Hassman advises career-minded technology professionals to move outside of the IT organization and work within the business—to try to get a handle on finance, marketing, HR, and other lines of business. “IT is not just about technology, like it was in the past. If you can’t articulate or truly understand how the technology makes the business better, then you’re not going to be a CIO. I don’t even bring up technology when I’m talking to the CEO. I talk about productivity. I talk about efficiency gains. I talk about the flow of data.”

The Technology Whisperer

Michael Sylvester, a CIO with the County of Los Angeles Department of Public Social Services, expands on this point, noting that there are outstanding opportunities for CIOs who learn how to blend IT and business roles. “At some organizations, IT doesn’t necessarily even have a moniker anymore,” he points out. “It has become more of an innovation group—a hybrid organization that blends, for example, marketing people and business folks and technologists. We’re seeing these formulations develop organically inside of businesses and government entities, along with a variety of new titles.”

I don’t even bring up technology when I’m talking to the CEO. I talk about productivity. I talk about efficiency gains. I talk about the flow of data.”–Rick Hassman, CIO, Pella

According to Sylvester, these blended organizations are often formed around departmental cloud initiatives, when line-of-business managers take technology matters into their own hands. “That’s where you need a synthesis within the business to help spearhead and manage and integrate these technology projects,” he notes. “IT’s role has changed quite a bit over the last decade. It has moved away from running data centers, and toward being consultants that help the business figure out how to do something.”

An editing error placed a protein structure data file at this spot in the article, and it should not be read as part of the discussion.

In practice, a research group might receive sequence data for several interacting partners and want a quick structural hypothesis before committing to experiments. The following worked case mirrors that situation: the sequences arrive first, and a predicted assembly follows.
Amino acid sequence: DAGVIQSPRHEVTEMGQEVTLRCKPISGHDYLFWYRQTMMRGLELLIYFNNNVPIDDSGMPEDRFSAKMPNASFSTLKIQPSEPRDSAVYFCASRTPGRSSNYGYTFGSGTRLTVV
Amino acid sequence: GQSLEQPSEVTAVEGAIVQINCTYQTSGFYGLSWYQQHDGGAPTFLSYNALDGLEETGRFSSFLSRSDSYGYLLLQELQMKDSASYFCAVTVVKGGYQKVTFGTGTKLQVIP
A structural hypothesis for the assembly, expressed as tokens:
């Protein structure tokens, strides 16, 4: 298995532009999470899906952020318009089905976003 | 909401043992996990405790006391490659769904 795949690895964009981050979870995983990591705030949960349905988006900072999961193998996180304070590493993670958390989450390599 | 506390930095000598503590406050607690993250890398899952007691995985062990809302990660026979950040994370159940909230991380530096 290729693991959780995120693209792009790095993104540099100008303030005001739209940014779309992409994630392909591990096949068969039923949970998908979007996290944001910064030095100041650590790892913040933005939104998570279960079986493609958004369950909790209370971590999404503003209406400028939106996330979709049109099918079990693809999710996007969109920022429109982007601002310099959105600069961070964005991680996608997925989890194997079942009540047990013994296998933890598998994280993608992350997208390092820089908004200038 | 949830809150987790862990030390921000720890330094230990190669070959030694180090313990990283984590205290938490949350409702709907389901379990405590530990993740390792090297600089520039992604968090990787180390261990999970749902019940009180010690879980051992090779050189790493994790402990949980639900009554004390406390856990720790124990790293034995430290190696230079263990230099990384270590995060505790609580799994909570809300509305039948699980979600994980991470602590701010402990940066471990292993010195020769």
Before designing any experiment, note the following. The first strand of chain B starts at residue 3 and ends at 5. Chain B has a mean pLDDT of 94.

When asked how technology professionals can improve their edge as business strategists, Sylvester recommends looking to other parts of the enterprise. “Look across the landscape and try to identify a project with a business emphasis,” he suggests. “Try to secure a leading IT role on a new business project, because experience is the best teacher. Learn about accounting; learn how to navigate and set up governance processes. This will increase your business acumen.”

Drive Innovation—From Inside and Outside IT

Sylvester also sees value in looking outside the IT organization to bolster existing skills and capabilities—a strategy that could naturally complement LA County’s steady adoption of self-service options for citizens. “We’ve enabled interactive voice response systems for people checking their benefit levels, and we’ve created ways to submit documentation online as well as make appointments through a self-service portal,” he explains.